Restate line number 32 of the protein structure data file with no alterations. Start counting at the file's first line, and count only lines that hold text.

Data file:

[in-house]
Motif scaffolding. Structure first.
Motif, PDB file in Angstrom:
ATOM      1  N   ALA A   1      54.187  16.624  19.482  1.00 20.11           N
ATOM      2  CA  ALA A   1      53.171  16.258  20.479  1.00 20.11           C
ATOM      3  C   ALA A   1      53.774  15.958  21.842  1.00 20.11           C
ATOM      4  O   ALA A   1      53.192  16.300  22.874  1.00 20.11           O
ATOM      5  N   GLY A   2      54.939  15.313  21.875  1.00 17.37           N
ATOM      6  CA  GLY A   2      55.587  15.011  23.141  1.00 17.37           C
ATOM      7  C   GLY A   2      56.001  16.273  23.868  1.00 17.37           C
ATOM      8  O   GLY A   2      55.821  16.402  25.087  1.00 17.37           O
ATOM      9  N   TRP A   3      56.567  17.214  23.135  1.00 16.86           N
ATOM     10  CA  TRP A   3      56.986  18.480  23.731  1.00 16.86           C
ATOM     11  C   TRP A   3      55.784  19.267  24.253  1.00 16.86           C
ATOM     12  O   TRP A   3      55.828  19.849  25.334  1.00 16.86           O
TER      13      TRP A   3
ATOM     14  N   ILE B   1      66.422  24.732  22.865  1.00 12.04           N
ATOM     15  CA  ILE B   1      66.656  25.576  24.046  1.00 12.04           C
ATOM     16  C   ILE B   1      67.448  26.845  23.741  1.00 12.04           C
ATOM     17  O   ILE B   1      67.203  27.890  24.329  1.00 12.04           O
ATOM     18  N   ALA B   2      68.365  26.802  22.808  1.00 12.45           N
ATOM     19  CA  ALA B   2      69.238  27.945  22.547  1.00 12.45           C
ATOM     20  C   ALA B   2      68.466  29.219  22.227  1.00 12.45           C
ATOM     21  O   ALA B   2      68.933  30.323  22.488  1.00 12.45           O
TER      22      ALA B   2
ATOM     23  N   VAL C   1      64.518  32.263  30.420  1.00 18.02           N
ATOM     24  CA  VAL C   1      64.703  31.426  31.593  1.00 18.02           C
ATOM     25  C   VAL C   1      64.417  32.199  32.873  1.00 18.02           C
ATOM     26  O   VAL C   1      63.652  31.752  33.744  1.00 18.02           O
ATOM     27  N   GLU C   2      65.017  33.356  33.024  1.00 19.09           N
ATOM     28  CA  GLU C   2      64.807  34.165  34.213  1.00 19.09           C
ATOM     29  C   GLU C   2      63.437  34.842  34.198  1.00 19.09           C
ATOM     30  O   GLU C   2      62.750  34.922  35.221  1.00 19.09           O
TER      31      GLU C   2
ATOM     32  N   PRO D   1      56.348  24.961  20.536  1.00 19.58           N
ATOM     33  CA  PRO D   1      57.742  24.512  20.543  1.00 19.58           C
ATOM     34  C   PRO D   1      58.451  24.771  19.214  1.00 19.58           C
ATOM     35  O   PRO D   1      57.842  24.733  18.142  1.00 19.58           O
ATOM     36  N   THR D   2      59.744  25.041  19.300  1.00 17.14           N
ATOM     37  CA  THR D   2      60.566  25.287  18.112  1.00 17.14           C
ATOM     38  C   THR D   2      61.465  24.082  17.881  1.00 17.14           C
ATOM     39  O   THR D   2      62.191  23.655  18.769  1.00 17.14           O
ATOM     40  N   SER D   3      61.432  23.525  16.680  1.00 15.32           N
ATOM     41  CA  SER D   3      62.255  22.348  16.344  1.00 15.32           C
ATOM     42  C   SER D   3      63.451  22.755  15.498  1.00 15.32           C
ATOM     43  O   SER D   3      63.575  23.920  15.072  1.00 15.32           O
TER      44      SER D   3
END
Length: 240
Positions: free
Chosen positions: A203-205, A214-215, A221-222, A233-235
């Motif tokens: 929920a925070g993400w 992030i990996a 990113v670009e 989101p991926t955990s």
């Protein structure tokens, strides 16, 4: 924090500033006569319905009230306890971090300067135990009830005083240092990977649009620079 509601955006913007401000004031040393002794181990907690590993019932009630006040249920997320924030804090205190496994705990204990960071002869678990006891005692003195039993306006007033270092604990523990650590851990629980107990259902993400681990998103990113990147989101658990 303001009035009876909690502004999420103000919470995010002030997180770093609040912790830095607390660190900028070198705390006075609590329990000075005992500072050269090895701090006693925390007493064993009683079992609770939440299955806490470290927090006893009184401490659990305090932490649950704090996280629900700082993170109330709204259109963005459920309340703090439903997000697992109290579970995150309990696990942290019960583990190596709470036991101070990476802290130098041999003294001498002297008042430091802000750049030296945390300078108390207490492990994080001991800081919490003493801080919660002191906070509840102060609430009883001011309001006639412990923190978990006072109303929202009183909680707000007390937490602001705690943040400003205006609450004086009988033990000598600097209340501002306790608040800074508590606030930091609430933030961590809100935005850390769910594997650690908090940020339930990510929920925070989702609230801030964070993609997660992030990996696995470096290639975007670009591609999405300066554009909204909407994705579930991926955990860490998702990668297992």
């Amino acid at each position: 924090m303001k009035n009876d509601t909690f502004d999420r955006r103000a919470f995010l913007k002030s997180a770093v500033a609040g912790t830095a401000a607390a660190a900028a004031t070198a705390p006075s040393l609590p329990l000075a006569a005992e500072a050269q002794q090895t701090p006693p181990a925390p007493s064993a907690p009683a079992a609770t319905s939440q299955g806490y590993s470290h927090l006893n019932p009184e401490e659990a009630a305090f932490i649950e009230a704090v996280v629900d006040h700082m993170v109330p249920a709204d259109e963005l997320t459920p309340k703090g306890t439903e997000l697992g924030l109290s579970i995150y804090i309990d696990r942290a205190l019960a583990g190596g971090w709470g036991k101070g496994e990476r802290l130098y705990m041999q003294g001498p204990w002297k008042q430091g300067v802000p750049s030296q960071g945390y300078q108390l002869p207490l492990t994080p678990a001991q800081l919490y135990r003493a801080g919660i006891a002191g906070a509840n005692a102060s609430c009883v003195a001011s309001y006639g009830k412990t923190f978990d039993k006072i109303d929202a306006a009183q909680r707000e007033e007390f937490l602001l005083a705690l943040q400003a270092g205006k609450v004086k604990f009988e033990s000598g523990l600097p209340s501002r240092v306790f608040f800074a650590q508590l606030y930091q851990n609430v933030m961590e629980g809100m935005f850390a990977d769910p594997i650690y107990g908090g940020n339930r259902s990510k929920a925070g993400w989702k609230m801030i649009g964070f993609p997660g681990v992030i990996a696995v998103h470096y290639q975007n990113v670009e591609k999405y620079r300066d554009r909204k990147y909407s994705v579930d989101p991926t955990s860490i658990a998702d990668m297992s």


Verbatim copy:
ATOM     29  C   GLU C   2      63.437  34.842  34.198  1.00 19.09           C